Obviously, it will only work on instruments which have different samples assigned to each note (or most of notes to some degree). If the instrument is based on a single sample, stretched all over the note range, it will produce no audible results.
Besides 'faking round robin', it can also fake classic stereo effect, where you record two takes of the same phrase and then pan them in stereo. There are two controls. Round robin range is, how far from the original note can the machine look for substitutions. When range is set to zero, the effect if off. Stereo spread activates stereo effect. It only works when round robin is active. It simply triggers another random note and then positions both notes in stereo field according to spread value. In some cases it can produce a flanging effect.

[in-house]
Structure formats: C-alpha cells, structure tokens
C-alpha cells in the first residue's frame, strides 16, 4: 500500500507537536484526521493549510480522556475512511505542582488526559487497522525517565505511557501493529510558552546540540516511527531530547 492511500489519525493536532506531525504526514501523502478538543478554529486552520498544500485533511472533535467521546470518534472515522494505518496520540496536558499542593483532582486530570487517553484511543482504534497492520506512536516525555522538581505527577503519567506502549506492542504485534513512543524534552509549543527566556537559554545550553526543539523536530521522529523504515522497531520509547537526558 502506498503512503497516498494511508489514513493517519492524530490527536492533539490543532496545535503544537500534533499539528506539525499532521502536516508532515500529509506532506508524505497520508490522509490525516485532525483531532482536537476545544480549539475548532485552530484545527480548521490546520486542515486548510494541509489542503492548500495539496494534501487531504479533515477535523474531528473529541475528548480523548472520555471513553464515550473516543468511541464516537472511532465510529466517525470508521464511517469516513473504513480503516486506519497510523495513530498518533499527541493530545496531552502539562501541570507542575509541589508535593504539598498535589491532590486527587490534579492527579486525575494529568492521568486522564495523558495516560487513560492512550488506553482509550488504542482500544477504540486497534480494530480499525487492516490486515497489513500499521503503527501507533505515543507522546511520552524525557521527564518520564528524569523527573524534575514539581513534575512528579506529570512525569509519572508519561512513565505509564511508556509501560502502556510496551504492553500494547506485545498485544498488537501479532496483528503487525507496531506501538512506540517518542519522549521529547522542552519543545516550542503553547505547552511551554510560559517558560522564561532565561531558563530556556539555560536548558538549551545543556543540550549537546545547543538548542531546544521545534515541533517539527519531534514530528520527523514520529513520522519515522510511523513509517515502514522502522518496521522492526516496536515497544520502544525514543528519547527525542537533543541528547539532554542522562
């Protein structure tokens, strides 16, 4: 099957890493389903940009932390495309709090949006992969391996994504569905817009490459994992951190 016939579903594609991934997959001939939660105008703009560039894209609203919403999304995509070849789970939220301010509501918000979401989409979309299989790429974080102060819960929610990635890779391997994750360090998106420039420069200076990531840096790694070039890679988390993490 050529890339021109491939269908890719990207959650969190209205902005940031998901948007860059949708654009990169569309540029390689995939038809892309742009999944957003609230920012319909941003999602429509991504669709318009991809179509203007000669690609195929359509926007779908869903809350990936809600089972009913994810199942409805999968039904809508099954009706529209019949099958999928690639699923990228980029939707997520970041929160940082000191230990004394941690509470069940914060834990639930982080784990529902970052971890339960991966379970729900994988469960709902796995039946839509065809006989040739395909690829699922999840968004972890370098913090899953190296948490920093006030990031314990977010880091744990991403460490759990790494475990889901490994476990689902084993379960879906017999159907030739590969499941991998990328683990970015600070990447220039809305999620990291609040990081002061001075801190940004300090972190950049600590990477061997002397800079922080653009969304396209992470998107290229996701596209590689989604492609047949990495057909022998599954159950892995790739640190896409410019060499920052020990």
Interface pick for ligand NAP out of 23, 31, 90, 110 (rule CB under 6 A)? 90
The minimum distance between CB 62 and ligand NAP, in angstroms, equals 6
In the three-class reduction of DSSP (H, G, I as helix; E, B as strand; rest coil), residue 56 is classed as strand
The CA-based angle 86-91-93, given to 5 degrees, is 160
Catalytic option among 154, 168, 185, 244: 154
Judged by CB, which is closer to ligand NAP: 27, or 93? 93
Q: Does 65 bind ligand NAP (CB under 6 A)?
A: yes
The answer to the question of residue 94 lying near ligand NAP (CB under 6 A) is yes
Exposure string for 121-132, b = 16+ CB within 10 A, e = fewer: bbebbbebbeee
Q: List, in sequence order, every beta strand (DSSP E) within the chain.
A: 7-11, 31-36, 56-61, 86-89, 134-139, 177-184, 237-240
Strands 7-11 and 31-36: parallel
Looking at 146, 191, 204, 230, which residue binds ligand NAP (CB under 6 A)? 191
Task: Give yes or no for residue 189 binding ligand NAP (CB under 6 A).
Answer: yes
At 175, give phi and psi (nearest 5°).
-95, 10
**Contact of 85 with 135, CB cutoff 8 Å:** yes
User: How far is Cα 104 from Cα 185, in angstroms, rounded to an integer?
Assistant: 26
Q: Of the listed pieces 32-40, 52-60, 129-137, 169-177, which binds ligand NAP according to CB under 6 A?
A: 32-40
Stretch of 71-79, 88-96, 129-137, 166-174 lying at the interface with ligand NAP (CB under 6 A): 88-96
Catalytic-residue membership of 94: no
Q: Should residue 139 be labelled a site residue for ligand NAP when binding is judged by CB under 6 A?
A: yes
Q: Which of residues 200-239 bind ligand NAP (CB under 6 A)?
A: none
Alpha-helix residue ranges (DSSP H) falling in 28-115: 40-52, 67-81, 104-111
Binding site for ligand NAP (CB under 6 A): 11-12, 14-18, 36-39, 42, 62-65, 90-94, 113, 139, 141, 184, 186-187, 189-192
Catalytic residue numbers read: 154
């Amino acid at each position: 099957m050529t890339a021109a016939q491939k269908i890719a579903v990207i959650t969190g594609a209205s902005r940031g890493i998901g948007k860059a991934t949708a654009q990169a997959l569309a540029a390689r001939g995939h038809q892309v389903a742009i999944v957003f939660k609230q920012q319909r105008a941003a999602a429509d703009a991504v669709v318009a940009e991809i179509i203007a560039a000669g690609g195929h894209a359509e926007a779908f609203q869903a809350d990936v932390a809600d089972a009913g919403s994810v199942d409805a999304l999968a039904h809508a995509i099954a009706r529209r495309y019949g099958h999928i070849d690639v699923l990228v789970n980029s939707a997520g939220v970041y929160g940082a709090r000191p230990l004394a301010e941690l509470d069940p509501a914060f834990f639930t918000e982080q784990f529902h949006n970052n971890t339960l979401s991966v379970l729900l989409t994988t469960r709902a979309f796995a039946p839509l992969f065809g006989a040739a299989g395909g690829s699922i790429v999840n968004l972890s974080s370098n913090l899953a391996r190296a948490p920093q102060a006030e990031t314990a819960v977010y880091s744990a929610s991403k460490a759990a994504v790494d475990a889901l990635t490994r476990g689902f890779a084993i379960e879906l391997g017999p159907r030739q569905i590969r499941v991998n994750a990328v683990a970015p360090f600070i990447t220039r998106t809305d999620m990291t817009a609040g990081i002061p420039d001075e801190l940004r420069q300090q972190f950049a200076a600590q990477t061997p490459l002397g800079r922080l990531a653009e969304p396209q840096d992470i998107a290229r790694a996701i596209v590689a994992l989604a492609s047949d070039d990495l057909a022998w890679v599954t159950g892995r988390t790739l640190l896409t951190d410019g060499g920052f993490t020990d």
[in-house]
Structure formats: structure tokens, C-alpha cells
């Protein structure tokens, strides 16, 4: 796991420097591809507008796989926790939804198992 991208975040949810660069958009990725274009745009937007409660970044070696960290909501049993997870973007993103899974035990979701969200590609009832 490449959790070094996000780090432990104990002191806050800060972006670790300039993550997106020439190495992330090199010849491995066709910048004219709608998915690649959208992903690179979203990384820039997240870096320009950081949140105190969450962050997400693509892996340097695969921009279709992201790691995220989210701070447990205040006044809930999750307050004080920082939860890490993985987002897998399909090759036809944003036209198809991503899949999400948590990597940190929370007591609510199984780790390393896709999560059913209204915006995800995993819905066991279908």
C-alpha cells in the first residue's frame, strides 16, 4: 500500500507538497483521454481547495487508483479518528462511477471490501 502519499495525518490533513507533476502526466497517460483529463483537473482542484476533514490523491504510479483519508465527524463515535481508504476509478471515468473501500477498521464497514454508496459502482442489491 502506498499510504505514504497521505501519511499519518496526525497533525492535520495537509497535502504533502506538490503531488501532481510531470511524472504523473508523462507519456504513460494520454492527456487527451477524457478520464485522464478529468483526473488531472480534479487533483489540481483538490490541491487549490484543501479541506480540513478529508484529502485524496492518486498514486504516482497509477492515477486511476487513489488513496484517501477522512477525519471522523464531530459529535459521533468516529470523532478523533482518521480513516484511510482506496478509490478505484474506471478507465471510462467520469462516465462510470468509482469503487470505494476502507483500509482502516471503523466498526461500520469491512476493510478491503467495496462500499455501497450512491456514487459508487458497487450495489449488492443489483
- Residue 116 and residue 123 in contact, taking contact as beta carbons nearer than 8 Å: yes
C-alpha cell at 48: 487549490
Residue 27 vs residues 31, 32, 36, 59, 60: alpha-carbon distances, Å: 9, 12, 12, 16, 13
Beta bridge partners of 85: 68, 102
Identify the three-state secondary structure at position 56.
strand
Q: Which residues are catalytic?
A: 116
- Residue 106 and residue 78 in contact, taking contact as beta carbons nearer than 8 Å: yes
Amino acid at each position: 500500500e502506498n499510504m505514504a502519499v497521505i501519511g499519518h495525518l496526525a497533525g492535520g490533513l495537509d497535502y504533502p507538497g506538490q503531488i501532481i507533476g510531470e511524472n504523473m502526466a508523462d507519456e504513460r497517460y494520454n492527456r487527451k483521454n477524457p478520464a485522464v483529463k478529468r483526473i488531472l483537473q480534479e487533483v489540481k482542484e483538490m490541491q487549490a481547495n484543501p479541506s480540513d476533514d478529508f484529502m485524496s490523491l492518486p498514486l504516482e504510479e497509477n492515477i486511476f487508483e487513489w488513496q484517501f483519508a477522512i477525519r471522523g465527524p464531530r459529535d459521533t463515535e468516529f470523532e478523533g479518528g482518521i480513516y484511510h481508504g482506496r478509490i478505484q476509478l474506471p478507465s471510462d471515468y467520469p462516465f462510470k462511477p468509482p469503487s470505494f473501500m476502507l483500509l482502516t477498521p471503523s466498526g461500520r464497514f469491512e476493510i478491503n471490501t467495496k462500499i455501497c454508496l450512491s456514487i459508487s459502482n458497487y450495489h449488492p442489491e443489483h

I don't know, how to automatically detect instrument's note range in Kontakt, so it has to be set manually, by editing values in the script. Else some notes may wander off instrument range and produce no sound in effect.
Here's how it works, applied to one of Kontakt's factory e-pianos.
The effect can be subtle or weird, depending on instrument and settings. If you'd like to go weird way, try it on a choir library and push it to the limit.
The script is using classic algorithm to generate random numbers. It will restart the generator on transport start (whenever you press play in DAW), so if you use it in a project, it will always render the same result.
You can download the script here. It will work Kontakt 4.2 or newer. Have fun with it.